A recent edition of the New York Times travel section profiled Madison. It was a decent article, and while I wasn’t on board with everything the reviewer chose to do in my current hometown, I felt it gave decent insight into what Madison has to offer.
Last Friday my BFF Annette came up for her inaugural visit to Madison. Not to be outdone by the New York Times, I attempted to play tour guide myself and offer up my own idea of 36 fantastic hours in the capital city.
Our weekend started well with a drink at Genna’s
, just off the capitol square. We were able to sit outside and enjoy the crisp July weather (yes, it is the middle of July and the weather was decidedly crisp. I was a bit chilly, to be honest).
After our drink we headed over to the Tornado Room
, a classic ‘Sconnie steakhouse with atmosphere to burn.
Dinner at the Tornado Room.
The place was packed, so we grabbed a table in the old-school bar, which has a very Rat-pack-esque vibe. The booths are black (p)leather, curved and tufted, and the tables are round black Formica with chrome trim. The lights are dim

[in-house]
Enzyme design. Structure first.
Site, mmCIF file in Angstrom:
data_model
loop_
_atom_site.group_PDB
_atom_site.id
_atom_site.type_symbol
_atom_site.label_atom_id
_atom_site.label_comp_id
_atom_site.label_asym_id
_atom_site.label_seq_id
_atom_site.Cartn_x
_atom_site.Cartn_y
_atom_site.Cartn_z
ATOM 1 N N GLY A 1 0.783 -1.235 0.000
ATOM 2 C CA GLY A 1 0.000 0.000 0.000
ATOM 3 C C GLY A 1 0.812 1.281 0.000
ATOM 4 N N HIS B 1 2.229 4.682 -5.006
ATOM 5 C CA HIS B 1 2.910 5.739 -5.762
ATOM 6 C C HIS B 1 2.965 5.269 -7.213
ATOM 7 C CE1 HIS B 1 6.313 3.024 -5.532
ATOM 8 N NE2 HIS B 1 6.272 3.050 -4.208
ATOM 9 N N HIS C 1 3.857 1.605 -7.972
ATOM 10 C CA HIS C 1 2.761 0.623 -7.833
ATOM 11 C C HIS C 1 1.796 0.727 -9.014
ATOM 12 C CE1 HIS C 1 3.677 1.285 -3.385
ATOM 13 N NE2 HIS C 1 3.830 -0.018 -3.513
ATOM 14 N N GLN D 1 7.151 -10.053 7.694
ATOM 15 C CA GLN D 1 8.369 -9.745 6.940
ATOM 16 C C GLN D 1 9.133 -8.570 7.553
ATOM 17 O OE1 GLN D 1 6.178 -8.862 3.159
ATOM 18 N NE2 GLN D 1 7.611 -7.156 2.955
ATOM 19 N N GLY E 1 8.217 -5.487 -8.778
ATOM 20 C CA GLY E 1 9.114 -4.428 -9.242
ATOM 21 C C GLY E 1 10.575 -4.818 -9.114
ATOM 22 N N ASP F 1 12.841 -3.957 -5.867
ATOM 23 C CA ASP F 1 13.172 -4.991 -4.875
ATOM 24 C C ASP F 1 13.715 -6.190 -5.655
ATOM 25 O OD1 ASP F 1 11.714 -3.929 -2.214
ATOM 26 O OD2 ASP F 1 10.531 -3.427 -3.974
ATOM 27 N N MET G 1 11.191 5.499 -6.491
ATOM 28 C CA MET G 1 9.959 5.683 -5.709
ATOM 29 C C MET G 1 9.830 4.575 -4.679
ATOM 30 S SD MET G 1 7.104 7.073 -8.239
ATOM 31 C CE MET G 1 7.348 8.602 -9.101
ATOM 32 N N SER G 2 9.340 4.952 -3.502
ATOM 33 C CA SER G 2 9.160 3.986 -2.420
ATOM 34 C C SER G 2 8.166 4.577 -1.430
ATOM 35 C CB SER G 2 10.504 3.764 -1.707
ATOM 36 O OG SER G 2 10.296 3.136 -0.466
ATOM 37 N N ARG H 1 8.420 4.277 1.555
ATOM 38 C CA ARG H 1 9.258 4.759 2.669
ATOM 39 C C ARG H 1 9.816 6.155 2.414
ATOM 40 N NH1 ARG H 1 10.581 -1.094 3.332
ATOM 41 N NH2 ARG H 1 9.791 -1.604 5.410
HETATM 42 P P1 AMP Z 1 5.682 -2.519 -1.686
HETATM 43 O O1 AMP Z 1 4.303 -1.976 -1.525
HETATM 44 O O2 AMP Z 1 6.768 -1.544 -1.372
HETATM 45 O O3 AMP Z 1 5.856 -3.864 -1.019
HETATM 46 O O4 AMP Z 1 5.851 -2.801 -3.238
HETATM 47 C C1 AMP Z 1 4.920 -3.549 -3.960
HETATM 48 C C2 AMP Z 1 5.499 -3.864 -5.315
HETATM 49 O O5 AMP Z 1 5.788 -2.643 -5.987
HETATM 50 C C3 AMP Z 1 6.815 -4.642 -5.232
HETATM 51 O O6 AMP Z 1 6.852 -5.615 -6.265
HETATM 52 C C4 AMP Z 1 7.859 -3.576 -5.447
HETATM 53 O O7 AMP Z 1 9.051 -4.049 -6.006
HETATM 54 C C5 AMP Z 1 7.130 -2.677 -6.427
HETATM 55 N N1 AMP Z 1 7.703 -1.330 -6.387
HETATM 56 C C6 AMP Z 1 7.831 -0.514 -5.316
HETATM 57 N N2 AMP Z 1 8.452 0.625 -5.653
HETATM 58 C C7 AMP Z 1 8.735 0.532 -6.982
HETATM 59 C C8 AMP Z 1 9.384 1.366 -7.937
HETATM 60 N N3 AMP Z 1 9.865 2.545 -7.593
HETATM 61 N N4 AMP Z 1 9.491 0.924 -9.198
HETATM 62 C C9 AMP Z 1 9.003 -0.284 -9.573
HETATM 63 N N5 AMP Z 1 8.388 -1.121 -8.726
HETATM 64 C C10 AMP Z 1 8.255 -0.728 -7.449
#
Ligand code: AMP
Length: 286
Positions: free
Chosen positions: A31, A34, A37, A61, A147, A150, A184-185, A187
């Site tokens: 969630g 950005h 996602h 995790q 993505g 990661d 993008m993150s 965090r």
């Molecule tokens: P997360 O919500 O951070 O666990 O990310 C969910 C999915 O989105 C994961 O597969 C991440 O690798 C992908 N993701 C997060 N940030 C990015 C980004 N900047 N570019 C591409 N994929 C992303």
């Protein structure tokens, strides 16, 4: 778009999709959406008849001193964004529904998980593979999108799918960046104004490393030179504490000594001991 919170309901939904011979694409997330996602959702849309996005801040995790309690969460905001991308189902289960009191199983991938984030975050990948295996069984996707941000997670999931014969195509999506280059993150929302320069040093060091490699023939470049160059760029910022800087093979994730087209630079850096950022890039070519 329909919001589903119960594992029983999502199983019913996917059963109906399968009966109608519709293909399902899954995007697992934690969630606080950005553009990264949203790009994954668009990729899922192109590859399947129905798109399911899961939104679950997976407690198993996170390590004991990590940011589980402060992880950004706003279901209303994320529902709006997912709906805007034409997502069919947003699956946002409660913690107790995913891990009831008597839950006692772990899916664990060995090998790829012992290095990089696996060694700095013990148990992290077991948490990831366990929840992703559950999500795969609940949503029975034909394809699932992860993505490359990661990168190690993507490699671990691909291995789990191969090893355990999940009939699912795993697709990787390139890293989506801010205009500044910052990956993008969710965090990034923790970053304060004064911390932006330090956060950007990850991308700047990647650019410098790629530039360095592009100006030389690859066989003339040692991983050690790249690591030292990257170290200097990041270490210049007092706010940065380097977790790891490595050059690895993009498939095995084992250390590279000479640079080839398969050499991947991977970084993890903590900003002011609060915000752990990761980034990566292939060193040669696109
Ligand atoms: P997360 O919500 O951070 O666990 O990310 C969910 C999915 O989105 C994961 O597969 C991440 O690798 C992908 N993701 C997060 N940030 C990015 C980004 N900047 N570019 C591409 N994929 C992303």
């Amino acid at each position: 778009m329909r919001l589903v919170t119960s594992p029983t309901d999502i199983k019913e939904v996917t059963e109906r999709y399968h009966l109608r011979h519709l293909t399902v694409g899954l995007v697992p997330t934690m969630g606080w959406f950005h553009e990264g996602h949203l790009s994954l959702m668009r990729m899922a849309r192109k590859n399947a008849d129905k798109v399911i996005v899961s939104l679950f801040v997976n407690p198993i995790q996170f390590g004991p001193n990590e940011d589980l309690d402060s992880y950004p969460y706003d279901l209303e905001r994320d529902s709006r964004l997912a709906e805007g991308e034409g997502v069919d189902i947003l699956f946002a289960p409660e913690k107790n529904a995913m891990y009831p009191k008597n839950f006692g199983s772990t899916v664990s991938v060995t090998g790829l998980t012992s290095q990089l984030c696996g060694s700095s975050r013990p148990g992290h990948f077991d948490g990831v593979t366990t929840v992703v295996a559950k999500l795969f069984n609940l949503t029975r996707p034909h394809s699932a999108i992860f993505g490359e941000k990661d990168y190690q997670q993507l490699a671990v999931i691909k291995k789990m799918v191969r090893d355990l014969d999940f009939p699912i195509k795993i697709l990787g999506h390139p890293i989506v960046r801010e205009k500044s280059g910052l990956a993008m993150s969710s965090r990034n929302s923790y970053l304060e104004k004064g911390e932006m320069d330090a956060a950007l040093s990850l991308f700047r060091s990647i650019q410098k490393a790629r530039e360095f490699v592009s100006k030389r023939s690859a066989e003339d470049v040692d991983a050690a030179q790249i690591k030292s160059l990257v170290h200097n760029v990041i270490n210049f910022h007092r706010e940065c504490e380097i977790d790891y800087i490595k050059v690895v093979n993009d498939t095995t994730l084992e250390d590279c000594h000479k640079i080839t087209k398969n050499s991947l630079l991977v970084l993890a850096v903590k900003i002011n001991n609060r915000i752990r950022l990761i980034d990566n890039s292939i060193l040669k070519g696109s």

and the music hearkens back to a day when men wore fedoras and ladies had pointy bras.
A couple of Molly Ringwalds to set the tone for the night.
The strong pink cocktails (Molly Ringwalds) and incredible steak and grilled shrimp kabobs set the tone for the evening, and after dinner (with great service, I have to add) I figured it was time to take things down a notch or two and cruise down the street to the Paradise.
"Why are you taking pictures of signs?", the dude standing outside the bar wanted to know. "Because I'm a signmaker," I replied. True story.
The Paradise is a true symbol of Madison. It’s a filthy tavern, with uncomfortable bar stools and even more uncomfortable wooden mini-booths built along the wall. People from every walk of life congregate at the Paradise, which aside from the jaw-droppingly cheap drinks ($3.25 for a STRONG Jameson’s) offers greasy fried food in pretty much any combination you can imagine. We weren’t there for the food, though, so we settled in for a couple of hours of conversation and cocktails.
After the Paradise, things got a bit hazy.
We walked around the square a bit and admired the view, and somehow ended up at the Local Tavern. The place was pretty empty when we arrived, but it soon filled up with college kids, local scenesters, and the occasional homeless person, one of whom felt it very necessary to invade my personal space.
He busted up our chi, and after finishing our drinks we decided to call it a night.
A sign in the bathroom at the Local Tavern. Things went downhill after we ran into the professional cutie.